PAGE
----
Favorites from the collection.
| Pizzas and
Irving Fields Trio
A couple of stand-out covers in the travel genre. The pizza is the most unappetizing I have ever laid my eyes on.
| Truck Stop|
These covers are all the same: truckers pickin' up hookers. Very similar to the accordion LPs above, actually.
| Evel Knievel|
A side-splitting promo album cut for the infamous Snake River Canyon debacle, shown here with the bitchin' 8x10 that comes inside. Evel's rendition of his gut-wrenching poem "Why" is one of the most moving experiences ever captured on vinyl.
| On Wine, How to Select
and Serve |
Imagine Colonel Klink explaining the boudoir of the grape to Rob & Laura Petrie. Imagine Laura trying to pronounce "Gewürtztraminer".
Those Swedish Meatballs "Stan & Doug" are at it Again!|
Stan & Doug
Who ever heard of Swedes named Stan & Doug?
A pre-pubescent (and pre-myopic) Heino. This LP is devoted to maternal filial piety.
| Oh Mighty Game of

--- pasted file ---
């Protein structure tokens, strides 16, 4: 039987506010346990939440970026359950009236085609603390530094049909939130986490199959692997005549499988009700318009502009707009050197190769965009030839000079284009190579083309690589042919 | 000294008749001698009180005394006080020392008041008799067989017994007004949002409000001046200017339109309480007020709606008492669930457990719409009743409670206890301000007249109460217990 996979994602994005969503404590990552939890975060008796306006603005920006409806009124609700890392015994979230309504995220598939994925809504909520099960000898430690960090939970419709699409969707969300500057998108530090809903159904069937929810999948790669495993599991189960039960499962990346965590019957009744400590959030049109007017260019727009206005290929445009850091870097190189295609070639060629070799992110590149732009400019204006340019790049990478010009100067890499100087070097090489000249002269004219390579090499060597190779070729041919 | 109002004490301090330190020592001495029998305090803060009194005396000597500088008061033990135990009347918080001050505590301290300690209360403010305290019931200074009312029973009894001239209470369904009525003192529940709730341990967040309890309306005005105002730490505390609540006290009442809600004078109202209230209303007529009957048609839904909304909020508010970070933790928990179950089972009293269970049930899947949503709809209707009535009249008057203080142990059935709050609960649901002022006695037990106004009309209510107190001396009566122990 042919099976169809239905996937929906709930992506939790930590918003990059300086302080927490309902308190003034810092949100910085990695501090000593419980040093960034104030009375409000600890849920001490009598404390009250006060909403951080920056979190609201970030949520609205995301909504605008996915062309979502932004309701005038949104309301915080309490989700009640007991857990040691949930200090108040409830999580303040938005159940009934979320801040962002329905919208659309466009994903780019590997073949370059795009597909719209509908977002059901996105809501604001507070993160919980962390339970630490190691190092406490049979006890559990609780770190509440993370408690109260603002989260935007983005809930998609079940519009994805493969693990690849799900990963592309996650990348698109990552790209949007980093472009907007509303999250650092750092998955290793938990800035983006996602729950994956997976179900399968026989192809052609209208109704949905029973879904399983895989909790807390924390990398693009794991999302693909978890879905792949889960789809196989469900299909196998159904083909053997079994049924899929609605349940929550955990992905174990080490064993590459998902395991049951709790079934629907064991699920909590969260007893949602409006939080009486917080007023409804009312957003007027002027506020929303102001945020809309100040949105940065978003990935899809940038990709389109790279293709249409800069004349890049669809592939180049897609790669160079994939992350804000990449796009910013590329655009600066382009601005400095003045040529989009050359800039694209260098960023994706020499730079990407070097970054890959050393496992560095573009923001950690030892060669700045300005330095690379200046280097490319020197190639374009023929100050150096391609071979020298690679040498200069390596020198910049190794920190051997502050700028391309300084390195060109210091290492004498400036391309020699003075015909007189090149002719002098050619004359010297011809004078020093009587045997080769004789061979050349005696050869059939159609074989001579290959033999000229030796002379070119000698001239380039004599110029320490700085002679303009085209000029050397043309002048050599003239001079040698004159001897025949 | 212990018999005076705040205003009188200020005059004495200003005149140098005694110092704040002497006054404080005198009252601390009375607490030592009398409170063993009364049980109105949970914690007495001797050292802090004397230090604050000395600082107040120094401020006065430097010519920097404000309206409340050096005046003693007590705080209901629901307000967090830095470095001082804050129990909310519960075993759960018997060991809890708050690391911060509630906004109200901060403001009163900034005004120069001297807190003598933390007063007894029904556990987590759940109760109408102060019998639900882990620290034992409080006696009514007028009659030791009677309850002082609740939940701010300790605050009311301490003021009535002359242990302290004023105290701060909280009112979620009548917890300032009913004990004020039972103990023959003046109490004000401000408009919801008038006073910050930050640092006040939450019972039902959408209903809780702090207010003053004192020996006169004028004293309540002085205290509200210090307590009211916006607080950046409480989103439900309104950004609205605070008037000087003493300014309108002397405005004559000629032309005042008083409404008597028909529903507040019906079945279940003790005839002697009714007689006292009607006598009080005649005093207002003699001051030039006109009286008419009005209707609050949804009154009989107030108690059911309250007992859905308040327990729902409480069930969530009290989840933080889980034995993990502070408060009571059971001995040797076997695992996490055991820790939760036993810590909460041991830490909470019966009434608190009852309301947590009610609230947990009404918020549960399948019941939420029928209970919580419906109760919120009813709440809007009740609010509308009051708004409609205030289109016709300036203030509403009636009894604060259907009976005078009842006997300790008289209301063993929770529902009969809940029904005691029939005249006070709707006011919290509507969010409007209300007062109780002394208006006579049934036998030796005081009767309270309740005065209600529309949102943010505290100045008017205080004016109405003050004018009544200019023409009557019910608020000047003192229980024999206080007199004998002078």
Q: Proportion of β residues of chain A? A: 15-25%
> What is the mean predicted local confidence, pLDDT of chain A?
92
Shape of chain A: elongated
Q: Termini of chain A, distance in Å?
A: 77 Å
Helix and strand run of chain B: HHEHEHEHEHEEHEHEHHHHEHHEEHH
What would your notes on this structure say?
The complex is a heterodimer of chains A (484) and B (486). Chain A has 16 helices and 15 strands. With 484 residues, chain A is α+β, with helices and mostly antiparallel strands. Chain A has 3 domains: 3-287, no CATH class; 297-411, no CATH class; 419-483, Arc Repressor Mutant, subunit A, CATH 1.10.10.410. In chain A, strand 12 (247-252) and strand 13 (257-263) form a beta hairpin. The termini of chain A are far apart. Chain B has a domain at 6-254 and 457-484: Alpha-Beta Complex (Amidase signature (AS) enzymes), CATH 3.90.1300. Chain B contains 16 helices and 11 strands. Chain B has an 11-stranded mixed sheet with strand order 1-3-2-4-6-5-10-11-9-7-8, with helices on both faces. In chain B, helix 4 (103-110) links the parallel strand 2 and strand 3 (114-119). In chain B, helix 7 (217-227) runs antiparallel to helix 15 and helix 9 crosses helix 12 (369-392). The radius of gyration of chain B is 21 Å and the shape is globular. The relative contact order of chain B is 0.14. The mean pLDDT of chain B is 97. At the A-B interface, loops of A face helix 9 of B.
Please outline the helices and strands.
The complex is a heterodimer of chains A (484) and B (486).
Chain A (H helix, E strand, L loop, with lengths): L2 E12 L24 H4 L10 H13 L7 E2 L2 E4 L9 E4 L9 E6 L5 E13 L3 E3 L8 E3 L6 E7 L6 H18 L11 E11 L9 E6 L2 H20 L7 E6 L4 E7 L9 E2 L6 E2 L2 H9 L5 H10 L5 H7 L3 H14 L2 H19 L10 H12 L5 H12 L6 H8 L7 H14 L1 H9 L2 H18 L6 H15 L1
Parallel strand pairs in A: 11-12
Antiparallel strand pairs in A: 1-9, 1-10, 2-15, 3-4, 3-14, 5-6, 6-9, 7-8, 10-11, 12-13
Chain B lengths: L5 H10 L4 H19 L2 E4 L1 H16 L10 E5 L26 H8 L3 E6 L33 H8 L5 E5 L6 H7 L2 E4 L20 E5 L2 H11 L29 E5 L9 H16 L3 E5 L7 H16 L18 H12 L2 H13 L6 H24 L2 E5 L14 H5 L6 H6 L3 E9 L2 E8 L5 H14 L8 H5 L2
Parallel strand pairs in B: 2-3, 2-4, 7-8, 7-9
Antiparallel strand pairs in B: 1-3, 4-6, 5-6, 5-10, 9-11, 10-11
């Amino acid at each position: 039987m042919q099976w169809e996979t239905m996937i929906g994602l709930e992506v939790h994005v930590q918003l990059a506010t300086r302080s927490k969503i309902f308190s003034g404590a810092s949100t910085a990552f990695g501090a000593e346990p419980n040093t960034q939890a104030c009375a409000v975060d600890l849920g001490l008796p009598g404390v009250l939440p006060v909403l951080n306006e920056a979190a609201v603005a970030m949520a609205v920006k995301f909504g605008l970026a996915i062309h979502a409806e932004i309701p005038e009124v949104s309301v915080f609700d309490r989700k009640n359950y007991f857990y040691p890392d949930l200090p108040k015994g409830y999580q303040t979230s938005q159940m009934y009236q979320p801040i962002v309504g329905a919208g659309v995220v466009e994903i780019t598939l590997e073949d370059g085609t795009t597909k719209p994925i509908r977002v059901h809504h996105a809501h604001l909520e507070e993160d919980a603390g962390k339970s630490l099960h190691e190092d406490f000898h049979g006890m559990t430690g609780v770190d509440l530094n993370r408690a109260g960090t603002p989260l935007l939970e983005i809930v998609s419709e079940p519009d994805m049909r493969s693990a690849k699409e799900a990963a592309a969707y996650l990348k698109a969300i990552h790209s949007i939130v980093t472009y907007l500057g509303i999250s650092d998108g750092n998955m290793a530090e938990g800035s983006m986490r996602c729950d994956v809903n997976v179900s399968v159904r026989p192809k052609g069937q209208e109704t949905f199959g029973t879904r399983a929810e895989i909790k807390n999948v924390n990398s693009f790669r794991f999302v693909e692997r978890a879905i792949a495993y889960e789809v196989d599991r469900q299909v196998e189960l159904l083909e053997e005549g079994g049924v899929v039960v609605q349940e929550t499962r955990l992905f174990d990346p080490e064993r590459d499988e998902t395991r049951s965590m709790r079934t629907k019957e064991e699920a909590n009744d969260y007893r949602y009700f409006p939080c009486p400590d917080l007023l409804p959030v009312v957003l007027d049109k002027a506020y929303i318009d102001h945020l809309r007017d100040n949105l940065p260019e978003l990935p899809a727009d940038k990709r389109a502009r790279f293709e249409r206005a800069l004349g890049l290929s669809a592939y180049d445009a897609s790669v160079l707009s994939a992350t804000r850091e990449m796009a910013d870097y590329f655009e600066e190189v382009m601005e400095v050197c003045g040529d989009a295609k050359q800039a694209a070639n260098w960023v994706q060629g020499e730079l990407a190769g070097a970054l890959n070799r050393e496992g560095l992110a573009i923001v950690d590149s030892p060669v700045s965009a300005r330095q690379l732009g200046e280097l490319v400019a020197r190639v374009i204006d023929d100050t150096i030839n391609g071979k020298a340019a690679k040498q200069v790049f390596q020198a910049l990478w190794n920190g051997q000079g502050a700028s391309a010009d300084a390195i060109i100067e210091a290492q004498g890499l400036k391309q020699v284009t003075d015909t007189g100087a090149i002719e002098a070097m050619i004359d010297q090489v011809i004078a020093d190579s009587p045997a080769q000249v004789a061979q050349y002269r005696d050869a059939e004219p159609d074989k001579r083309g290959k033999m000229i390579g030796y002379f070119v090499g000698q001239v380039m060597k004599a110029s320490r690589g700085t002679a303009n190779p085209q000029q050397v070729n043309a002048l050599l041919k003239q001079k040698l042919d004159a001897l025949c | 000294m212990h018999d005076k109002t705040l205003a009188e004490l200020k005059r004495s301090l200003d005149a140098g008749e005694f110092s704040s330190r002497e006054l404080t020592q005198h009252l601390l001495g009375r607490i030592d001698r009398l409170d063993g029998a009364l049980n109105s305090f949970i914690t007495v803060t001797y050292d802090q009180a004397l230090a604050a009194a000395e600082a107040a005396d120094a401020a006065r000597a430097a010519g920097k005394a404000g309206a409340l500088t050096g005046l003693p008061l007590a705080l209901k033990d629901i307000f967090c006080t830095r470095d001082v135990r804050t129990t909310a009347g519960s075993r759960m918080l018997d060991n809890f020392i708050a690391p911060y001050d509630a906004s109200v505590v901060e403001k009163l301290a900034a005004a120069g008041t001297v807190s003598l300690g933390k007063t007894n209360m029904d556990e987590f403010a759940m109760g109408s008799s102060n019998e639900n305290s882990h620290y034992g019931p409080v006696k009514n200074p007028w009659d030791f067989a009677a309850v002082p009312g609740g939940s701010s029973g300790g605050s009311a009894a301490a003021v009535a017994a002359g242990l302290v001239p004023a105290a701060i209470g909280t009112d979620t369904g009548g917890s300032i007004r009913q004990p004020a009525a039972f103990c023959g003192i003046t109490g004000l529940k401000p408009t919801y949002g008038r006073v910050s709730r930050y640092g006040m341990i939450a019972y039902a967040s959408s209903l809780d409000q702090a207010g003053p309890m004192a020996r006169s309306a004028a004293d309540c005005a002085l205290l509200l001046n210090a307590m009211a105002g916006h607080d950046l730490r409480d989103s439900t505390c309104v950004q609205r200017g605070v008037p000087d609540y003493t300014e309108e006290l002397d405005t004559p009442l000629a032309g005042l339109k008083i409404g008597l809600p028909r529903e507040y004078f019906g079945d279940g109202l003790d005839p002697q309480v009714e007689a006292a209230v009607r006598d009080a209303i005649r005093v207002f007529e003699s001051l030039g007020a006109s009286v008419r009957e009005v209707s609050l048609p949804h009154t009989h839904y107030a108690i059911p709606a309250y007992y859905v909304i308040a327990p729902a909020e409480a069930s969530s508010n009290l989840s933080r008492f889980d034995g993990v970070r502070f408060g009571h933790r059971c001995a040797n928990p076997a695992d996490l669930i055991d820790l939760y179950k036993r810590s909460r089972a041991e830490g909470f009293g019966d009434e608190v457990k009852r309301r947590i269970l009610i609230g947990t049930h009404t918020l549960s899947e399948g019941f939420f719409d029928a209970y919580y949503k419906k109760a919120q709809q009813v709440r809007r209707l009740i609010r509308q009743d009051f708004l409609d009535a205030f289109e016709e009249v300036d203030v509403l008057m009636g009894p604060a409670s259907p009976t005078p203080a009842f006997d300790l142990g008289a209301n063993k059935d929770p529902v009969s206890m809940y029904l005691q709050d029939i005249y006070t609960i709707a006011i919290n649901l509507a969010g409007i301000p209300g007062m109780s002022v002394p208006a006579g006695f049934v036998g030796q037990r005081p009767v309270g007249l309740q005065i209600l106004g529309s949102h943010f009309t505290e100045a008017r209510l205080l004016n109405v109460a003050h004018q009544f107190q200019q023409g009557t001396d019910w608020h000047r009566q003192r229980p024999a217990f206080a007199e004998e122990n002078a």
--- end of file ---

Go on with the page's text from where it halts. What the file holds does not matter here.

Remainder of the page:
A great cover, but the tunes rarely rise above lameness.
| Thanks for All the
The seminal Dudley album is Truck Drivin' Son-of-a-Gun, but this is my fave cover. Check out the dude in the upper-left corner!
| Carnival in Rio|
Leo Arnaud and his Orchestra
Everyone loves clown covers, right? Right? What this whimsical scene has to do with Rio de Janeiro, I'll never know. The liner notes include a biography and picture of the artist, one John Morris. Must have been the producer's brother-in-law.
| Music Express|
I love compilations, especially from the 70s when they were in their heyday. K-Tel and Ronco (pictured in the first two examples) were the king and queen. They also had their foreign counterparts, which can always be identified by the ever-present nubile cover girl. Pop compilations come in two incarnations. The first is the album that presents the original artists, the second is the collection of hits performed by a lame studio band. The last example (from England) is an example of the second, inferior type. This detail does not, however, restrain the author of the liner notes from proclaiming, "This has got to be the greatest LP ever - and the greatest value!" Sure. However, it does contain what is described as "a Giant poperific pin-up Calendar Poster for 1976". Poperific indeed!
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